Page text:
DANIEL: Operations wise, we are similar but because our target market is more niche and specific, many of the capabilities we build are specific to luxury fashion. For example, we provide authentication, which is not something a mass-market player needs to provide. We provide these value-added services to defend our space, and become the brand that people trust when it comes to luxury purchases.


MELPOMENE: Can you walk me through the process you take when entering a new market?

DANIEL: Even though the population size of a market may be very big, such as in the case of Vietnam, the percentage of the population that has access to luxury is actually relatively small. The first deciding factor for entering a market is the absolute number of people we can target. Next, we look at the Internet and mobile penetration, as well as how easy it is to ship in and out of that particular country. We always start by running many small tests such as Facebook ads, and we never go into a market with a big TV or a billboard ad. We want to attract a core group of early adopters who will later become strong brand advocates. Southeast Asian markets are relatively complex because there are many factors unique to each market. For example, in Indonesia, 50% of our business comes from bank transfers—that’s not something common here in Singapore. We differentiate ourselves in the markets we enter by localising to suit the needs and preferences of each country.

MELPOMENE: What is the most effective way to build trust?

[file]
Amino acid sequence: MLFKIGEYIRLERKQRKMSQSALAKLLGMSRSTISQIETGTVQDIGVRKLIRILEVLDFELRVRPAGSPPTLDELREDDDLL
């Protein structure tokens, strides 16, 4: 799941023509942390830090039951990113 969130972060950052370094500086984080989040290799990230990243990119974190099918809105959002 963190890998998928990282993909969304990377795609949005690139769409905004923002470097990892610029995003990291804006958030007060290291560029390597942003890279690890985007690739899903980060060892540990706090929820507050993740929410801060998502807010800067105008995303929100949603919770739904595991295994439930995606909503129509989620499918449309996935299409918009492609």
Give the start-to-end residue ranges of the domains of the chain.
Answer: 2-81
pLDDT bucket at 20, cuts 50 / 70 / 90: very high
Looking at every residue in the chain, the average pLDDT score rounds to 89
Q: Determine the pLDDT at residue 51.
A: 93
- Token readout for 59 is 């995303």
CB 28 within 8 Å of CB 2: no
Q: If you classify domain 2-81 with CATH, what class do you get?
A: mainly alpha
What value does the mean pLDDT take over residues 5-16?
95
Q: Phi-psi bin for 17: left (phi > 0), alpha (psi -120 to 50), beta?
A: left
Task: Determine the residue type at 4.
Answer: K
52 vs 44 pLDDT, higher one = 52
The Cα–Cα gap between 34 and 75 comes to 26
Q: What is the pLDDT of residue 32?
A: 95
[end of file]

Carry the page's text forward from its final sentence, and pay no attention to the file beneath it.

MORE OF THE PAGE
DANIEL: It has always been through word-of-mouth. When we first started, it was challenging because luxury purchases tend to be expensive, and people were not as accustomed to buying luxury online. What helped immensely was to provide a great customer experience—quick responses to enquiries, exquisite packaging, and reliable delivery. By being very focused on our target market and having a clear value proposition, we were fortunate to have a group of early adopters who became our brand promoters.

MELPOMENE: What about e-commerce that excites you?

DANIEL: In my university and junior college days, I was already shopping on eBay and some other websites from the U.S. As a consumer, I loved that I was getting products at a better value or finding unique items that weren’t available in Singapore. As an entrepreneur, I enjoy the fast-changing nature of e-commerce. E-commerce will not replace the physical shopping experience entirely, but I’ve always believed that e-commerce would fundamentally change the way people shop. The first wave of e-commerce was predominantly transactional and people were still very cautious. Subsequently, Amazon introduced a community element by allowing consumers to write reviews on products they’ve purchased. The second wave would be exemplified by models such as Reebonz’s Closet, where customers are able to chat directly with individual sellers, and vice versa. Based on customer behaviour, even when shopping online, people want input. Because humans are social by nature, I think e-commerce will continue to evolve in that direction.